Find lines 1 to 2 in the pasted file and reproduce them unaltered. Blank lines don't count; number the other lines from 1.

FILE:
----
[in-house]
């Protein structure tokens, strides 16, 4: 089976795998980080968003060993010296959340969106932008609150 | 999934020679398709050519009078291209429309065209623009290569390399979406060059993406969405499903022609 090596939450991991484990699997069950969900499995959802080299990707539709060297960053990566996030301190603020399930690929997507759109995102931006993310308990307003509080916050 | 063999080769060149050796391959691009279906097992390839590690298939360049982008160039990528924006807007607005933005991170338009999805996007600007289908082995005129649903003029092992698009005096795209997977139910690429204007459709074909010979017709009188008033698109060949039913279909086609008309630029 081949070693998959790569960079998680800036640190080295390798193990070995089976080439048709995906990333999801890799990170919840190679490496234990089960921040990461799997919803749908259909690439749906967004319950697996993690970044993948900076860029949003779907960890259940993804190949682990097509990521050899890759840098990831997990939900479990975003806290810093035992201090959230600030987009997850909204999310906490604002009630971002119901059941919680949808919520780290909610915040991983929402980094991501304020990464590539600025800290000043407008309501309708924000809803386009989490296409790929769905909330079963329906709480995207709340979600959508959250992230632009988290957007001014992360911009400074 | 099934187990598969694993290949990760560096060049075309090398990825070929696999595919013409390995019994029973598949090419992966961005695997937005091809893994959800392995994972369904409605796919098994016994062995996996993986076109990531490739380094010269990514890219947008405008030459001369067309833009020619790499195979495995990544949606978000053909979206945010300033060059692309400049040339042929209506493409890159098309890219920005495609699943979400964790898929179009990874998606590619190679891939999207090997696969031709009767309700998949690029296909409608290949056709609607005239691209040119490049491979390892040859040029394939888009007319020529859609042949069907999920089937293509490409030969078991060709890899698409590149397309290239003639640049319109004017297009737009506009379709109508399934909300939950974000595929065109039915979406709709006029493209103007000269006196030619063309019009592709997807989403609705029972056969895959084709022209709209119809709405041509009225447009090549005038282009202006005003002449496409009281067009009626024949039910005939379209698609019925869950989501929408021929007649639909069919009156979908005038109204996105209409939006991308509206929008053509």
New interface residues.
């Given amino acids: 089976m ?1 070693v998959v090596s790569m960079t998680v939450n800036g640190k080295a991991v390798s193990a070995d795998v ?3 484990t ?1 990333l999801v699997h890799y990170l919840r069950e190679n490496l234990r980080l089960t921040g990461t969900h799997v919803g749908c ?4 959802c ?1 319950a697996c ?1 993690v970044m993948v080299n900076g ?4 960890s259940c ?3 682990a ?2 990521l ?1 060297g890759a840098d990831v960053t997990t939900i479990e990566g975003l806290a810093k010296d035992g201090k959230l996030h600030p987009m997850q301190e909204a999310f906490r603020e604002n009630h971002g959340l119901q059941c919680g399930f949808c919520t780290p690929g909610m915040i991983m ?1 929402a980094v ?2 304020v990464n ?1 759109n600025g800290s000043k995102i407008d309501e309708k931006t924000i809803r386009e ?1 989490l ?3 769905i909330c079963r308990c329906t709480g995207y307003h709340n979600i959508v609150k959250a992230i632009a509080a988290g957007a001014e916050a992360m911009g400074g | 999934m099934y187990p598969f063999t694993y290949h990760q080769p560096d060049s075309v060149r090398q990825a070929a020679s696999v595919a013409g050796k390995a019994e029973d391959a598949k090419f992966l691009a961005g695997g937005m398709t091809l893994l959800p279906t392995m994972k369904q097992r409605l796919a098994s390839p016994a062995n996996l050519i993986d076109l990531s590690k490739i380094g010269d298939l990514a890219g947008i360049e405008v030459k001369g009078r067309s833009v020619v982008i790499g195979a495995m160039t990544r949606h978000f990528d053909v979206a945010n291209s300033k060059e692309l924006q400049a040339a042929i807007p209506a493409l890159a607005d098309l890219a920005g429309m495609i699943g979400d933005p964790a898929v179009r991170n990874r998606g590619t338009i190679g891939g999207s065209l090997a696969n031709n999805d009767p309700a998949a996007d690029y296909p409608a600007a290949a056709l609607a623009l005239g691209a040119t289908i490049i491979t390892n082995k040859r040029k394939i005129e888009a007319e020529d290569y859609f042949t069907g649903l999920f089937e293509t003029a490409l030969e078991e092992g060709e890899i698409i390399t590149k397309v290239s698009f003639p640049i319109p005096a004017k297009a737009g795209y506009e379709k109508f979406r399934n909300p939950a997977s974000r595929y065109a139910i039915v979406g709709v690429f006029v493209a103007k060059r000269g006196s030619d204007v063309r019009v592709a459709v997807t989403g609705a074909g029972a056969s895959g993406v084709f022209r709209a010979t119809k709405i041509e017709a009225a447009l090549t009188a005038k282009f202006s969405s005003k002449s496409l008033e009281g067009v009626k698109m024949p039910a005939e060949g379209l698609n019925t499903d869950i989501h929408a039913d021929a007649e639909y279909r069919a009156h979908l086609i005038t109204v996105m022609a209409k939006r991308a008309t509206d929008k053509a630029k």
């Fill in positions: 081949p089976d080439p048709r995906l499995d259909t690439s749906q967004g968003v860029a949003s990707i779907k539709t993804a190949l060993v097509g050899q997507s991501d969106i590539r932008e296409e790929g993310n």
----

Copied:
[in-house]
């Protein structure tokens, strides 16, 4: 089976795998980080968003060993010296959340969106932008609150 | 999934020679398709050519009078291209429309065209623009290569390399979406060059993406969405499903022609 090596939450991991484990699997069950969900499995959802080299990707539709060297960053990566996030301190603020399930690929997507759109995102931006993310308990307003509080916050 | 063999080769060149050796391959691009279906097992390839590690298939360049982008160039990528924006807007607005933005991170338009999805996007600007289908082995005129649903003029092992698009005096795209997977139910690429204007459709074909010979017709009188008033698109060949039913279909086609008309630029 081949070693998959790569960079998680800036640190080295390798193990070995089976080439048709995906990333999801890799990170919840190679490496234990089960921040990461799997919803749908259909690439749906967004319950697996993690970044993948900076860029949003779907960890259940993804190949682990097509990521050899890759840098990831997990939900479990975003806290810093035992201090959230600030987009997850909204999310906490604002009630971002119901059941919680949808919520780290909610915040991983929402980094991501304020990464590539600025800290000043407008309501309708924000809803386009989490296409790929769905909330079963329906709480995207709340979600959508959250992230632009988290957007001014992360911009400074 | 099934187990598969694993290949990760560096060049075309090398990825070929696999595919013409390995019994029973598949090419992966961005695997937005091809893994959800392995994972369904409605796919098994016994062995996996993986076109990531490739380094010269990514890219947008405008030459001369067309833009020619790499195979495995990544949606978000053909979206945010300033060059692309400049040339042929209506493409890159098309890219920005495609699943979400964790898929179009990874998606590619190679891939999207090997696969031709009767309700998949690029296909409608290949056709609607005239691209040119490049491979390892040859040029394939888009007319020529859609042949069907999920089937293509490409030969078991060709890899698409590149397309290239003639640049319109004017297009737009506009379709109508399934909300939950974000595929065109039915979406709709006029493209103007000269006196030619063309019009592709997807989403609705029972056969895959084709022209709209119809709405041509009225447009090549005038282009202006005003002449496409009281067009009626024949039910005939379209698609019925869950989501929408021929007649639909069919009156979908005038109204996105209409939006991308509206929008053509």